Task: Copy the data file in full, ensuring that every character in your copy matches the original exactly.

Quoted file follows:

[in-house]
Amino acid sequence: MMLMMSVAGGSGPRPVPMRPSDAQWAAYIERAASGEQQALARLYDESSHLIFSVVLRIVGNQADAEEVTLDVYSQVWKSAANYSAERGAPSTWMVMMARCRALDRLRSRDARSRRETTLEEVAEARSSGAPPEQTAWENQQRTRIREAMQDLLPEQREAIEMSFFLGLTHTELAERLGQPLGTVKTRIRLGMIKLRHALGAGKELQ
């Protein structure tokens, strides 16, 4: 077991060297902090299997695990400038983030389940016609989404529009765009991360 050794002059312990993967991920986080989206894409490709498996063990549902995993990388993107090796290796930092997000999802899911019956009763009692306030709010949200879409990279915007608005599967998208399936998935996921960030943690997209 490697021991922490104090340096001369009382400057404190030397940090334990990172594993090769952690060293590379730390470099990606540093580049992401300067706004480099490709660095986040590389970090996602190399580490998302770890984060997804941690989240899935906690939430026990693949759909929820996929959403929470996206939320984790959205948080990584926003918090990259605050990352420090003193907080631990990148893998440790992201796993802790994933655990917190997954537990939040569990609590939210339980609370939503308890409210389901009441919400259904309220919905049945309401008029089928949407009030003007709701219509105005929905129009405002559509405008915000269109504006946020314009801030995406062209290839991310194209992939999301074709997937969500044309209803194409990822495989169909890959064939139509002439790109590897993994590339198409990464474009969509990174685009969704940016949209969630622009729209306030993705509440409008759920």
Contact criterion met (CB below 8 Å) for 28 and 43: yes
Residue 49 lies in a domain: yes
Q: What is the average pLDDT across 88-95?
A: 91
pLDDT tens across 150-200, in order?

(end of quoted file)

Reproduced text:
[in-house]
Amino acid sequence: MMLMMSVAGGSGPRPVPMRPSDAQWAAYIERAASGEQQALARLYDESSHLIFSVVLRIVGNQADAEEVTLDVYSQVWKSAANYSAERGAPSTWMVMMARCRALDRLRSRDARSRRETTLEEVAEARSSGAPPEQTAWENQQRTRIREAMQDLLPEQREAIEMSFFLGLTHTELAERLGQPLGTVKTRIRLGMIKLRHALGAGKELQ
């Protein structure tokens, strides 16, 4: 077991060297902090299997695990400038983030389940016609989404529009765009991360 050794002059312990993967991920986080989206894409490709498996063990549902995993990388993107090796290796930092997000999802899911019956009763009692306030709010949200879409990279915007608005599967998208399936998935996921960030943690997209 490697021991922490104090340096001369009382400057404190030397940090334990990172594993090769952690060293590379730390470099990606540093580049992401300067706004480099490709660095986040590389970090996602190399580490998302770890984060997804941690989240899935906690939430026990693949759909929820996929959403929470996206939320984790959205948080990584926003918090990259605050990352420090003193907080631990990148893998440790992201796993802790994933655990917190997954537990939040569990609590939210339980609370939503308890409210389901009441919400259904309220919905049945309401008029089928949407009030003007709701219509105005929905129009405002559509405008915000269109504006946020314009801030995406062209290839991310194209992939999301074709997937969500044309209803194409990822495989169909890959064939139509002439790109590897993994590339198409990464474009969509990174685009969704940016949209969630622009729209306030993705509440409008759920």
Contact criterion met (CB below 8 Å) for 28 and 43: yes
Residue 49 lies in a domain: yes
Q: What is the average pLDDT across 88-95?
A: 91
pLDDT tens across 150-200, in order?